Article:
Don’t Let Periodontitis Destroy Your Smile

Watch out for periodontitis

What exactly is periodontitis?

Periodontal disease is a serious stage of gum disease that impacts not only the gums, but also the supporting bone structure that holds your teeth into place. The good news is the sooner it is detected and treated, the better the outcome is. If you think you may have periodontitis, talk to your doctor so they can perform an evaluation and begin your treatment process. 

What is the difference between gingivitis and periodontitis? 

Although they are similar, these two conditions have some significant differences. Gingivitis is the first stage of gum disease and is caused by bacteria building up underneath the gumline, hardening into plaque, and causing irritation and inflammation of the gum tissue. This can cause your gums to become soft and red in color. They may also bleed when flossed or probed. If gingivitis is left untreated, it can progress into periodontitis, which is not reversible and more serious. 

Symptoms of Periodontal Disease

Since pain isn’t a common sign of the earlier stages of gum disease, it’s very important to be aware and on the lookout for the other signs and symptoms. The very beginning signs of gum disease include bleeding when brushing and flossing and discoloration of the gums. Your gums may appear darker in color and soft. 

As gum disease progresses into periodontitis, other symptoms may begin to show up, including painful chewing, persistent bad breath, receding gums, changes in the way your bite comes together, new gaps between your teeth, loose and unstable teeth, and gum swelling. Left untreated, periodontitis leads to tooth loss and an increased risk of systemic health problems.

Get treatment for periodontitis right away.

Even if your gum disease has already progressed into the periodontitis stage, immediate treatment can reduce long-term damage and side effects from the infection. If you experience any of the symptoms of periodontitis, it’s very important to schedule an appointment with your dentist right away. Your dentist will perform an evaluation of your gums and measure the pocket depth. A pocket depth of 1–3 mm is normal, while a pocket depth of 4 mm or more is considered unhealthy. 

After making an examination and diagnosing which stage of gum disease you’re experiencing, you and your dentist will decide on the next treatment option. Usually, nonsurgical treatment methods are tried first. 

Scaling and Planing

You’ve likely heard this referred to as “deep cleaning.” Scaling and planing is a common and extremely helpful method of curbing gum disease. 

Because disease-causing bacteria and tartar that build up underneath the gumline are the culprit of this infection, the goal becomes to clean those areas out. This is called scaling and is done either with a handheld tool, laser, or ultrasonic scaler. 

After the area is nicely cleaned out, the next step, planing, is performed. Since bacteria likes to stick to the rough surfaces of the roots of your teeth, these  surfaces will be fully smoothed out and cleansed. This encourages the gums to reattach to the roots, aiding in effective healing.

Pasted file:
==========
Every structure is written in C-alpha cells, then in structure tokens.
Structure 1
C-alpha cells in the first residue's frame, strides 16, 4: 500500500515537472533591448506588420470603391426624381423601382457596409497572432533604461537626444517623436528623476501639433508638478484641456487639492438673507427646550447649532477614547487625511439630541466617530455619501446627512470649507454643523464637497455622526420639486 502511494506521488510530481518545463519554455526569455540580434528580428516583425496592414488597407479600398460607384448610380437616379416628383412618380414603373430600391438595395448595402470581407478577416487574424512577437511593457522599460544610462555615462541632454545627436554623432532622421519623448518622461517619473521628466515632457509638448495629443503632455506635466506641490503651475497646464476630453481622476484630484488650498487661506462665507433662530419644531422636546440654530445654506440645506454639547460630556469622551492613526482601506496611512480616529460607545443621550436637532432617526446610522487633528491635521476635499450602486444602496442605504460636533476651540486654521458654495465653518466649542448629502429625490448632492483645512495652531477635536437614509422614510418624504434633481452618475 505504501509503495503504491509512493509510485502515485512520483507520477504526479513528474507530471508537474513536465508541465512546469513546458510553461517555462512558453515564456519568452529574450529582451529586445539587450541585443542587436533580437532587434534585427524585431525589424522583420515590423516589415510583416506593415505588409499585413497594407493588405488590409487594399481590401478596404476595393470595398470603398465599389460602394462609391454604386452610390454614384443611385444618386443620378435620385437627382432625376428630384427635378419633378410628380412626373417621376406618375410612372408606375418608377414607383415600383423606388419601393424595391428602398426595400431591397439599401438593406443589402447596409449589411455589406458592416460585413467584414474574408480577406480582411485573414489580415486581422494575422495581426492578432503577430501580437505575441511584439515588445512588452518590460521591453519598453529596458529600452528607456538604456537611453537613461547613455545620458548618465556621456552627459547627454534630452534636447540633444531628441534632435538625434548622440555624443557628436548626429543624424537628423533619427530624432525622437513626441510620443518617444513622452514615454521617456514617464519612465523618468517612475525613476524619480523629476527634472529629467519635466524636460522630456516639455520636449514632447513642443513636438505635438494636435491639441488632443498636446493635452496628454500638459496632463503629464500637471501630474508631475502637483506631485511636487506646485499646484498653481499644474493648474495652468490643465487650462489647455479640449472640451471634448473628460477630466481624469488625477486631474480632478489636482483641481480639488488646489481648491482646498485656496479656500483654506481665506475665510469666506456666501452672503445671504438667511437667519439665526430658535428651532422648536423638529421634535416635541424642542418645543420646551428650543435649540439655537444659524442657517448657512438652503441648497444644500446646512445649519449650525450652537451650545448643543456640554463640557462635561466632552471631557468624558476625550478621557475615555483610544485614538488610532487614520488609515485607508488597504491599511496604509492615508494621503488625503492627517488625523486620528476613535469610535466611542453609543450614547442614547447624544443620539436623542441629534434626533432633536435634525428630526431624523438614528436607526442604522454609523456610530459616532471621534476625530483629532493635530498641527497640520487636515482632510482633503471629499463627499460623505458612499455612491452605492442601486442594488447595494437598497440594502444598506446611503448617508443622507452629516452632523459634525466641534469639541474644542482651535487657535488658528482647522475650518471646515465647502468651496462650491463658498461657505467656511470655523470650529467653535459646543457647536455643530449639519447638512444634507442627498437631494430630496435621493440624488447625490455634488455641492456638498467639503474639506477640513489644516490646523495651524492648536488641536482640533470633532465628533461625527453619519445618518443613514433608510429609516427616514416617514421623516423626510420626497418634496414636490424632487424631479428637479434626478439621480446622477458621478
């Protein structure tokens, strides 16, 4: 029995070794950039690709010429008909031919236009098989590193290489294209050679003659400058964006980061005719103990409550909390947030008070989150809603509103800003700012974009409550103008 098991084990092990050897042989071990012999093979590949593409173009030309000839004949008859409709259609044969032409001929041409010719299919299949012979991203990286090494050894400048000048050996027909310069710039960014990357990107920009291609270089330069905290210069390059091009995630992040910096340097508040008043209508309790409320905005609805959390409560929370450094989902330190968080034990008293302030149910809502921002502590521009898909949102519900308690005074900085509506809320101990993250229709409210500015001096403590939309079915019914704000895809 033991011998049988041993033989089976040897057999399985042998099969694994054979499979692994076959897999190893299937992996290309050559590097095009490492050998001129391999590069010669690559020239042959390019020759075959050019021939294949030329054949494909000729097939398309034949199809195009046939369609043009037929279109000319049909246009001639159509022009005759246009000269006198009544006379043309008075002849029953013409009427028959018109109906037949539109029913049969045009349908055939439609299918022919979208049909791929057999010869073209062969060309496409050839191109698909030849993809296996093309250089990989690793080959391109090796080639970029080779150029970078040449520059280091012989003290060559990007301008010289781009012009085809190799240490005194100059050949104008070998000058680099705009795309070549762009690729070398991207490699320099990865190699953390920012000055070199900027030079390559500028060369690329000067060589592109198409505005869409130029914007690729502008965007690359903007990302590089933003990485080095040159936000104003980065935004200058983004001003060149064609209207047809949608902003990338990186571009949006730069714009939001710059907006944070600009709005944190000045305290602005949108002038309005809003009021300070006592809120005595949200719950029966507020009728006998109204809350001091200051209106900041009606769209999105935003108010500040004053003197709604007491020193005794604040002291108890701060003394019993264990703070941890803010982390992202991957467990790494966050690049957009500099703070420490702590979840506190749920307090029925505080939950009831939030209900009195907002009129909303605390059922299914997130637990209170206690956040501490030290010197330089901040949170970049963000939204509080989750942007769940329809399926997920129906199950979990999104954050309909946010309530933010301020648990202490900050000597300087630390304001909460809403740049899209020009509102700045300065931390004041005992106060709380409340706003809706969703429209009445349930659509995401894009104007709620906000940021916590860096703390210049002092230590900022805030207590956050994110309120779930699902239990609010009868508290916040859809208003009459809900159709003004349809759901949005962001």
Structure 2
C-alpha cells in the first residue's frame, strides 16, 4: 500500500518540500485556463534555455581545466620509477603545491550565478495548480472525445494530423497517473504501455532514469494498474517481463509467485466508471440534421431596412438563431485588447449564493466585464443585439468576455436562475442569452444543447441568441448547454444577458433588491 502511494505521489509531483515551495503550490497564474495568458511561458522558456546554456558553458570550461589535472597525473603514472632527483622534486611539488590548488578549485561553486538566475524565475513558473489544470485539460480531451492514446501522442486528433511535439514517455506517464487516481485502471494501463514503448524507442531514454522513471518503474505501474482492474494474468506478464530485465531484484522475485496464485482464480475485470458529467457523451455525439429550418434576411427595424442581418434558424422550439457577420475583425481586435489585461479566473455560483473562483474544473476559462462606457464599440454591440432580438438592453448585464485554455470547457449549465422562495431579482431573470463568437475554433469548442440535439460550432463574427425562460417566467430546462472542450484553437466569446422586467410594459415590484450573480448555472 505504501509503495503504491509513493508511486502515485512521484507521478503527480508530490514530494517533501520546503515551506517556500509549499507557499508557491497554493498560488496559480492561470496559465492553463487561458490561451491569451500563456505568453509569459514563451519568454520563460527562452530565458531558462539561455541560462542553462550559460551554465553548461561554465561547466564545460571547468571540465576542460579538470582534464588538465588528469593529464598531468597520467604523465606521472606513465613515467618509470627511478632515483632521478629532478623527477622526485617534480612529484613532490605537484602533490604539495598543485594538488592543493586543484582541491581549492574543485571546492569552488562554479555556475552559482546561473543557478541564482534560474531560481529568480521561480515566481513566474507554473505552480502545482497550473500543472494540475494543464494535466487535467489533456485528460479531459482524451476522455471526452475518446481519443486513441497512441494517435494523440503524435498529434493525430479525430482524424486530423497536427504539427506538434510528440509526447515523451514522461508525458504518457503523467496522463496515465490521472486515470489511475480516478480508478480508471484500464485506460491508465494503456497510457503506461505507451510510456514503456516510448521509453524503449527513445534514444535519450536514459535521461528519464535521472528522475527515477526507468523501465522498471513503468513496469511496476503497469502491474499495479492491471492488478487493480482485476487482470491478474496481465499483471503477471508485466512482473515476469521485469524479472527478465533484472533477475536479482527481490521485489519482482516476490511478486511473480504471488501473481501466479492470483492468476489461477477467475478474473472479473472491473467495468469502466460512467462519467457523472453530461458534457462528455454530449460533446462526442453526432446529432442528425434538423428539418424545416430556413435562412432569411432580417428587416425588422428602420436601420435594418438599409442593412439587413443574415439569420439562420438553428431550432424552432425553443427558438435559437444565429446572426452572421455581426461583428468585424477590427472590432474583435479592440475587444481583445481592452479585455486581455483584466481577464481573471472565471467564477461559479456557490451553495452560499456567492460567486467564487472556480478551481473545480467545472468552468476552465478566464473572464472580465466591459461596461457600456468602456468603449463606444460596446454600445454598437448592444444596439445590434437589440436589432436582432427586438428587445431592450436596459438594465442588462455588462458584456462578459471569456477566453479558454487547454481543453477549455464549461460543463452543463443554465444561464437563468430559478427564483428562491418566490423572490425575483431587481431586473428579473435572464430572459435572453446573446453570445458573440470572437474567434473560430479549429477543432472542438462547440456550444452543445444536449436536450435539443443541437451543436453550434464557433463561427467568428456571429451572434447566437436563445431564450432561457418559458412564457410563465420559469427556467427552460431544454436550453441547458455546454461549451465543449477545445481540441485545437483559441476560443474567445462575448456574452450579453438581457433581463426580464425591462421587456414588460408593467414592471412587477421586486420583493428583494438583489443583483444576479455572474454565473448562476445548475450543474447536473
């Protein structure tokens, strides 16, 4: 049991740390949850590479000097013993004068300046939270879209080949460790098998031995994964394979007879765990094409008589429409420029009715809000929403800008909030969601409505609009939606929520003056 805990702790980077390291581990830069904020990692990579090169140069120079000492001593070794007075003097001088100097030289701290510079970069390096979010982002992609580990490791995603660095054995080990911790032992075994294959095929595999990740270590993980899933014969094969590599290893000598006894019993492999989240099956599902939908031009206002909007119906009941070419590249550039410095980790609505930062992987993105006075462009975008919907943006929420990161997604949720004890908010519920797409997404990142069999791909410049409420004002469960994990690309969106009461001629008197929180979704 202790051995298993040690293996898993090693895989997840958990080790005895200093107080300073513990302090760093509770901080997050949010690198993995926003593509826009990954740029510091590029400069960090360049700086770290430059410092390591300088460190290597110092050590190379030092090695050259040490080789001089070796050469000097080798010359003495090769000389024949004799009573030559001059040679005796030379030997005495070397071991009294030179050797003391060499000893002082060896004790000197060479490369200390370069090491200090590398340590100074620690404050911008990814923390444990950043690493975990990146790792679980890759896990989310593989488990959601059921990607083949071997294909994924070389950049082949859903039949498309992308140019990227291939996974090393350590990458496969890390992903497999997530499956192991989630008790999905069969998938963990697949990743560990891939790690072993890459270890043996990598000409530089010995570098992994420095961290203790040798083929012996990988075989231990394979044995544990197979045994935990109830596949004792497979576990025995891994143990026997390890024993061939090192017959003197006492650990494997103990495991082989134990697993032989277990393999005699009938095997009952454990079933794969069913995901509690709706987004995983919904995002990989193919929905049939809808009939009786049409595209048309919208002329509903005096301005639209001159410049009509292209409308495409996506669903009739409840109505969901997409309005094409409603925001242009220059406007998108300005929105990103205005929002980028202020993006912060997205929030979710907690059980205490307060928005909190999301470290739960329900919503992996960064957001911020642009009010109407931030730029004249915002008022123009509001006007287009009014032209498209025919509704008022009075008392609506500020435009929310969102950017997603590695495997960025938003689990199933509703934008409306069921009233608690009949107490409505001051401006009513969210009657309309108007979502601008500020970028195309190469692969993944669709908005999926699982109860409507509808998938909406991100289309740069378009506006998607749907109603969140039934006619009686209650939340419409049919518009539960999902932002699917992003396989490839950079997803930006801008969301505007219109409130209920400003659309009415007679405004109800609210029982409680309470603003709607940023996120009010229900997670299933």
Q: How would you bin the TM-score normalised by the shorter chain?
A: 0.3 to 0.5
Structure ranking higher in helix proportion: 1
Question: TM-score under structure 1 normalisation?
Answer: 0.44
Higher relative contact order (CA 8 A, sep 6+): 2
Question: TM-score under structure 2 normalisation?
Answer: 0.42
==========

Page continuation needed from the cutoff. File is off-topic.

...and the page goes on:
Just like antibiotics are prescribed for other bacterial infections, they can be useful to treat gum disease, too. Usually topical antibiotics are prescribed for periodontitis. During a deep cleaning, the dentist may apply antibiotics into the pockets. Occasionally, oral antibiotics are needed as well. Follow your doctor’s instructions on taking antibiotics. If you are given oral antibiotics, it’s very important to take them as long as you are directed to. 

Sometimes, though, these treatments aren’t enough and surgery is necessary to completely remove the infection.

Pocket Reduction Surgery

During this procedure, tiny incisions are made in your gums, which expose the roots and allow for better scaling and planing. If you’ve experienced bone loss, the doctor may also recontour the bone,  then suture your gum tissue back into place.

After the surgery, you’ll likely experience some pain and swelling for the first couple days. You can get some relief by applying a cold compress and taking over-the-counter pain medicine as advised by your dentist. 


Since periodontitis causes gum recession, a soft tissue graft may be necessary to replace some of the gum tissue. In this case, the tissue will be removed from your palate or a donor source and attached to the site. 

If you’ve lost supporting bone, you may need a bone graft. This procedure involves taking donor bone and grafting it onto the site to help promote new bone growth. 


Whether or not your case of gum disease requires surgery or a deep cleaning, maintenance is one of the most important parts of staying on top of your gum health. Periodontitis cannot be completely reversed, but it can be controlled. It’s very important for you to visit your dentist every three to four months for maintenance.

Treatment for Gum Disease at Dental Care Associates of Buffalo

Book an appointment with us today to get proper treatment for periodontitis. Treating gum disease not only helps your oral and physical health, but it can dramatically enhance the aesthetics of your smile. Soon, you will be smiling your brightest smile yet. 

DCA of Buffalo